8 June 2018
Congress Advances Foreign Investment Regulatory Reform Effort
Efforts to reform the Committee on Foreign Investment in the United States (CFIUS), the Treasury-chaired inter-agency committee that conducts national security reviews of mergers, acquisitions or takeovers that could result in foreign control of a U.S. business, have gained steam in recent weeks. Most notably, the House Financial Services Committee and the Senate Banking Committee on 22 May marked-up different versions of the Foreign Investment Risk Review Modernization Act (commonly known as FIRRMA), a piece of legislation that has received support by the White House and a number of U.S. companies but has caused some concern in the U.S. business community.
According to a Banking Committee press release, the Senate version of FIRRMA seeks to leverage the natural jurisdiction and authorities of the CFIUS process with those of the U.S. and multi-lateral export control regimes to review certain inbound and outbound transactions that may involve acquisitions of emerging critical or foundational technologies to the detriment of U.S. national security. Among other things, the legislation would expand CFIUS authorities in four significant ways in an effort to capture certain investors and buyers while making “fundamental changes” to the review process.
In terms of joint ventures and outbound transactions, the legislation would establish an inter-agency process led by the president to identify new, emerging critical technologies and know-how not yet subject to export control. Another inter-agency process led by the DOC’s Bureau of Industry and Security and informed by the intelligence community would classify and determine how, if at all, critical technology or know-how can be transferred by whatever means, including by joint venture or any other transaction. According to press reports, amendments made to the legislation at the committee level would clarify certain criteria related to CFIUS reviews and require CFIUS to issue additional reports to Congress. Another amendment endorsed by the Banking Committee would prevent President Trump from modifying the current U.S. sanctions on mainland Chinese telecom company ZTE.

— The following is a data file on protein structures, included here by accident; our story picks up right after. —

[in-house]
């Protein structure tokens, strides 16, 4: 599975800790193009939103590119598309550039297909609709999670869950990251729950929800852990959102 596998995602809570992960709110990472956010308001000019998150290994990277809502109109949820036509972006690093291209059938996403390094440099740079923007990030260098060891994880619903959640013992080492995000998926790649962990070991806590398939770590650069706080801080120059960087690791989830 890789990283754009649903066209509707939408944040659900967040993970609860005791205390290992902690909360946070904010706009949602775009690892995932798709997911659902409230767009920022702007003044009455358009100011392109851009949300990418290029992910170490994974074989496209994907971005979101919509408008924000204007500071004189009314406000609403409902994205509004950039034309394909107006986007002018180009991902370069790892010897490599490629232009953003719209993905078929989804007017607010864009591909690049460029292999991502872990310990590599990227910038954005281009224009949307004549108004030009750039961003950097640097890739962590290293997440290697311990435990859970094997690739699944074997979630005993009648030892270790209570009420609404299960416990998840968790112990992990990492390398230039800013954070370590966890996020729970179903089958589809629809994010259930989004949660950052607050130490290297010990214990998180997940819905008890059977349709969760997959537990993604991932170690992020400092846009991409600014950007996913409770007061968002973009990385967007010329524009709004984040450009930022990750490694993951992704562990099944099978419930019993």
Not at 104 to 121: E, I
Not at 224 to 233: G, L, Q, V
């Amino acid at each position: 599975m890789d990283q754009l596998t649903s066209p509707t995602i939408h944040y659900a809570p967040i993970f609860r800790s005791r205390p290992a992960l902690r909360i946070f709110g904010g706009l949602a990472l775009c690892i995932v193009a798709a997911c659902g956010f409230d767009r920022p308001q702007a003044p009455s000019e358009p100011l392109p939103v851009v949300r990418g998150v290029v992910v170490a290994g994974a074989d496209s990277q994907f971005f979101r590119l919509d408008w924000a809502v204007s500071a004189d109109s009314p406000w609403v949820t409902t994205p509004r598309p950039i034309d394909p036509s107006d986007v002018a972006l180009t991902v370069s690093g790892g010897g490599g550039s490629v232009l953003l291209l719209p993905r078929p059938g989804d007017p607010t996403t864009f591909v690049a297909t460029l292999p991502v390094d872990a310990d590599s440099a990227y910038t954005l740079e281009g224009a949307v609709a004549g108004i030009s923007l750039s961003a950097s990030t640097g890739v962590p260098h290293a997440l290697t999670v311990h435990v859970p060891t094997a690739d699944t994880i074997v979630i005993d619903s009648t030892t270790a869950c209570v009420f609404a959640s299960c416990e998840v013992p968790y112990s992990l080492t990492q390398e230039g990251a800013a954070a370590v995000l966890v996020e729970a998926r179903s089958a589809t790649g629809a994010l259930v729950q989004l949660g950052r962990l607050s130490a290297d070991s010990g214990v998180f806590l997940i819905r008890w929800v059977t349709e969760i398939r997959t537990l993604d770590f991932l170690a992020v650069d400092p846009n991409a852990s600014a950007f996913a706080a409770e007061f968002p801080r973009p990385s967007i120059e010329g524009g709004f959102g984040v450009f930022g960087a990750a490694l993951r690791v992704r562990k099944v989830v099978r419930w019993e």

The House version of the legislation differs somewhat from the Senate version. According to Rep. Robert Pittenger (Republican-North Carolina), who is one of the main proponents of the bill in the lower chamber, the legislation would (i) expand CFIUS jurisdiction to include joint ventures, minority position investments and real estate transactions near military bases and other sensitive national security facilities; (ii) update the CFIUS definition of “critical technologies” to include emerging technologies that could be essential for maintaining the U.S. technological advantage over countries that pose threats; (iii) add new national security factors to the review process; and (iv) strengthen the U.S. government’s ability to protect American “critical infrastructure” from foreign government disruption.
FIRRMA supporters are hoping to secure congressional approval of the legislation in the coming weeks. The Senate version of the legislation has been attached to a defence authorisation bill for fiscal year 2019 that could be approved in June, while the timeline for a potential vote in the House is uncertain at this time.